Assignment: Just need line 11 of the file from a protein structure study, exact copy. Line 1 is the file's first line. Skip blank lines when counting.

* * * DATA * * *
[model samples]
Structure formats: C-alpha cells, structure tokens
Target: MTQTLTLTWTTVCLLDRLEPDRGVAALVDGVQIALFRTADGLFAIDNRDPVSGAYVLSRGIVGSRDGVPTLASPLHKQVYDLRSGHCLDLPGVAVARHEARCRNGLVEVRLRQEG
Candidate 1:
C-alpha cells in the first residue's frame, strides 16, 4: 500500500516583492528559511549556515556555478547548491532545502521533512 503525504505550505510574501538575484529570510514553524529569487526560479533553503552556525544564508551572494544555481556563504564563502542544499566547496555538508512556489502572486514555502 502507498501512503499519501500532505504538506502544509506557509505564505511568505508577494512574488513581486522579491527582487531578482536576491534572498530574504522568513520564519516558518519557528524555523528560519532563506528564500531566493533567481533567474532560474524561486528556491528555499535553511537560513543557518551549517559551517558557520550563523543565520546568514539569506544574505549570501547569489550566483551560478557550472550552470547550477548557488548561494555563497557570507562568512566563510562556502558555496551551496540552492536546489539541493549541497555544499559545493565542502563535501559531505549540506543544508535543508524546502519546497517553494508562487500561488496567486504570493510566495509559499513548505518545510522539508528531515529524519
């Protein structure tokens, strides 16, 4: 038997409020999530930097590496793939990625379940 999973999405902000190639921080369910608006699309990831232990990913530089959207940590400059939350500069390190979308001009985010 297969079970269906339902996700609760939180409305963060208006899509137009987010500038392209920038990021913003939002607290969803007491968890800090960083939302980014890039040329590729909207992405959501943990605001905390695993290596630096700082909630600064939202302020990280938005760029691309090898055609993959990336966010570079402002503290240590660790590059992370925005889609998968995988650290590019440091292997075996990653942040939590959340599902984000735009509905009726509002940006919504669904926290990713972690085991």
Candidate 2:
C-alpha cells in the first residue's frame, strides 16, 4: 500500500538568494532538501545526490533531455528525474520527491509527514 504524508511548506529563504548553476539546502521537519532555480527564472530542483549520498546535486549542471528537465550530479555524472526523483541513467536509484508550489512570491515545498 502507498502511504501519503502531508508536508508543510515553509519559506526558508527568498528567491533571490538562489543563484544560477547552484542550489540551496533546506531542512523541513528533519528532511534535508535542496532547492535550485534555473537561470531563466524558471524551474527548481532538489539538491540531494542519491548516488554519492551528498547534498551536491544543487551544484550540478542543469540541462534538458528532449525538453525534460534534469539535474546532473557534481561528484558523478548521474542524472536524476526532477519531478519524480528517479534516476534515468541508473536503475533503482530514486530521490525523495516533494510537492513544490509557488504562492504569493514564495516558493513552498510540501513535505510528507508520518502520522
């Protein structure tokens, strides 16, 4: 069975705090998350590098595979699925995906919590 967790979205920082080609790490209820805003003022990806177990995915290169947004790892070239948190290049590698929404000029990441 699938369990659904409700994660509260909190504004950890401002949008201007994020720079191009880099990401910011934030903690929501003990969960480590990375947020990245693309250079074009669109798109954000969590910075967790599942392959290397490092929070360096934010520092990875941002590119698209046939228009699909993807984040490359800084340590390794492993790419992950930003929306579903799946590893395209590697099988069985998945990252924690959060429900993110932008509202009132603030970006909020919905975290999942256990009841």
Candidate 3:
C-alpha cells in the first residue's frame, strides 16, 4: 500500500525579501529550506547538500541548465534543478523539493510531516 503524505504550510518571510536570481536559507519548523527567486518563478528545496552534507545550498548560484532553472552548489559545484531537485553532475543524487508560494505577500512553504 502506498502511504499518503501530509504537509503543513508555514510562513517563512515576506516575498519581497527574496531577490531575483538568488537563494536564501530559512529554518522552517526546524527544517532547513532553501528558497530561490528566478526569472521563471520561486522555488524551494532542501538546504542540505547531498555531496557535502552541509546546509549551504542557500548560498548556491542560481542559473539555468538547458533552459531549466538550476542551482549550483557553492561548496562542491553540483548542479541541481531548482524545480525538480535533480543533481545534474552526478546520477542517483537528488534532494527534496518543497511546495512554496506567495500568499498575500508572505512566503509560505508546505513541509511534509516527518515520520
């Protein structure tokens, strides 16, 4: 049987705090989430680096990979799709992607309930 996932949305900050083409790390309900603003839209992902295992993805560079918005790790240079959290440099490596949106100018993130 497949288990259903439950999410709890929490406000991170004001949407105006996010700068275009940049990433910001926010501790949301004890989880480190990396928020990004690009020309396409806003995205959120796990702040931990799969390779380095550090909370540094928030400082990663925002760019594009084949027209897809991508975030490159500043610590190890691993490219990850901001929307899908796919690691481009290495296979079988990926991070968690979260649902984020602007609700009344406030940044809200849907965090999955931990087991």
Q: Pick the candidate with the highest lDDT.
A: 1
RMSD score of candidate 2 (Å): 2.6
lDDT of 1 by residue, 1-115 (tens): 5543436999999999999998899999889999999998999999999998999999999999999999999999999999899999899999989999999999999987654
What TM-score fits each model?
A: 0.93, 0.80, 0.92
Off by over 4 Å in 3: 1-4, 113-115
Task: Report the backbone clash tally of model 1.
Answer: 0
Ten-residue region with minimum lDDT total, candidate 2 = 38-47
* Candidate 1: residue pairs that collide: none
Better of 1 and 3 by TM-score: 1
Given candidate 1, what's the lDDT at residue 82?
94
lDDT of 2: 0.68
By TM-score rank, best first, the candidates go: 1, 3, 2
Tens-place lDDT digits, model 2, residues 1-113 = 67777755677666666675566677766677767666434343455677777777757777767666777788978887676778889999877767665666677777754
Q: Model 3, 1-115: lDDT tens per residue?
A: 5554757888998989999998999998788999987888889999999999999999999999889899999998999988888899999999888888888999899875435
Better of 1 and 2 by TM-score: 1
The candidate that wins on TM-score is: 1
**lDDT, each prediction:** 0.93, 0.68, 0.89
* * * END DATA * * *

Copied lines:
C-alpha cells in the first residue's frame, strides 16, 4: 500500500525579501529550506547538500541548465534543478523539493510531516 503524505504550510518571510536570481536559507519548523527567486518563478528545496552534507545550498548560484532553472552548489559545484531537485553532475543524487508560494505577500512553504 502506498502511504499518503501530509504537509503543513508555514510562513517563512515576506516575498519581497527574496531577490531575483538568488537563494536564501530559512529554518522552517526546524527544517532547513532553501528558497530561490528566478526569472521563471520561486522555488524551494532542501538546504542540505547531498555531496557535502552541509546546509549551504542557500548560498548556491542560481542559473539555468538547458533552459531549466538550476542551482549550483557553492561548496562542491553540483548542479541541481531548482524545480525538480535533480543533481545534474552526478546520477542517483537528488534532494527534496518543497511546495512554496506567495500568499498575500508572505512566503509560505508546505513541509511534509516527518515520520